102 nurses will help keep Toronto schools open in Wave 4; TTC plans service boost

The TTC is planning to increase services beginning next week to help students return to the classroom safely during this fourth wave of COVID-19, and 102 Toronto Public Health nurses will be deployed to help keep schools open, the city announced Monday.

“All kids need to be in school,” said Mayor John Tory, speaking at a mobile vaccination clinic held Monday at Albion Heights Junior Middle School in Etobicoke.

Tory said the city is entering what is in some ways a more challenging phase of the vaccination effort, which will include more targeted efforts, including mobile clinics, which have proven to be a successful method of reaching students, Tory said.

Seventy per cent of Toronto children aged 12-17 have already been vaccinated, and 81 per cent have had at least their first shot, Tory said, but as the single most effective strategy against the spread of COVID-19 is vaccination, now is not the time to rest.

“We have to sort of go out and take the vaccines to the people, as opposed to the earlier stages, where they came to some of the mass clinics,” said Tory.

“We want as many eligible young people as possible to be vaccinated before they head back to school.”

Toronto Public Health will be monitoring COVID-19 activity “in real time,” at local schools and 102 public health nurses, including experienced nurses and some newly recruited nurses, will be available to support schools and school boards as they re-open, Tory said.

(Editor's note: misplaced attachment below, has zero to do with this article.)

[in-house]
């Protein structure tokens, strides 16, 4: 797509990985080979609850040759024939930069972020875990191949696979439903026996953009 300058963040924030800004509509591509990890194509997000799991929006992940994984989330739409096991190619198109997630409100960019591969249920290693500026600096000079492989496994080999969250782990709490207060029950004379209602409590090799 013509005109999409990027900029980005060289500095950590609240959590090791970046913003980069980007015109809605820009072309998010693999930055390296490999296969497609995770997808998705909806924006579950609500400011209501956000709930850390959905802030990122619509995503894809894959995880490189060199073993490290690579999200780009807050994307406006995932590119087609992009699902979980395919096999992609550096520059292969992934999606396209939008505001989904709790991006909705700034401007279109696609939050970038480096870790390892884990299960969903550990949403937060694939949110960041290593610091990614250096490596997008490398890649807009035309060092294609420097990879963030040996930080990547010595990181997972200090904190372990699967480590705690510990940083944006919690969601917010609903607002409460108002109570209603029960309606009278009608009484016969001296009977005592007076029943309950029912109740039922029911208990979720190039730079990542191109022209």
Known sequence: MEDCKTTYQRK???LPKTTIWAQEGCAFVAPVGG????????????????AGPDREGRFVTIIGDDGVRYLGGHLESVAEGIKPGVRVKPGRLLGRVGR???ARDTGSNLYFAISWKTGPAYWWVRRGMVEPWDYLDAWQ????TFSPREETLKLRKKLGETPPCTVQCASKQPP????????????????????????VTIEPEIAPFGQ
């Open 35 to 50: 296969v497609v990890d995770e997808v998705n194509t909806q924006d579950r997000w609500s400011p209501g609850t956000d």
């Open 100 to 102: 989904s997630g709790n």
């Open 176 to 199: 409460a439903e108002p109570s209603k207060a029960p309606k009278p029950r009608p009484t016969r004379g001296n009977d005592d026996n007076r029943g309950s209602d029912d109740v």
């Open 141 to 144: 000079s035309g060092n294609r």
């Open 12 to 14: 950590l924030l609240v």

“We can’t have a strong and robust reopening overall in the city of Toronto without schools that are open and safe,” Tory said.

He said a return to the classroom is particularly important for students who may have fallen behind because they couldn’t learn effectively online or because they couldn’t properly access the online learning that was being offered when schools were closed.

Toronto’s Medical Officer of Health, Dr. Eileen de Villa, urged parents to keep children with symptoms at home and to make plans in advance for coping with the possibility of having to keep kids at home.

“If you have even the slightest suspicion that your child is unwell, we need you to keep that child at home and apart until it’s clear what is giving rise to their symptoms,” said de Villa, also speaking at the press conference.

She urged businesses to support parents who can’t come into work when a child is sick.

As it does each year, the TTC will be increasing services beginning next week to handle increased back-to-school transit demands.

Subway service on the Yonge-University and Bloor-Danforth subway lines will be increased by 25 per cent at peak school travel times during the week; an additional 180 buses will be added to routes in the inner suburbs, including Scarborough, North York and Etobicoke, timed to coincide with opening and closing bells at high schools, and the TTC will confer with school boards to determine hot spots, the TTC said Monday.

Service on nearly 30 bus routes that serve post-secondary schools and other major transit corridors will be increased or restored; service will be restored on nearly all 900-series express routes, and some additional express routes will be added.

According to provincial data, nearly 82.9 per cent of Ontarians 12 and older have one dose and 76.1 per cent have two doses, and an additional 694 new daily cases were reported on Monday.

Francine Kopun is a Toronto-based reporter covering city hall and municipal politics for the Star. Follow her on Twitter: @KopunF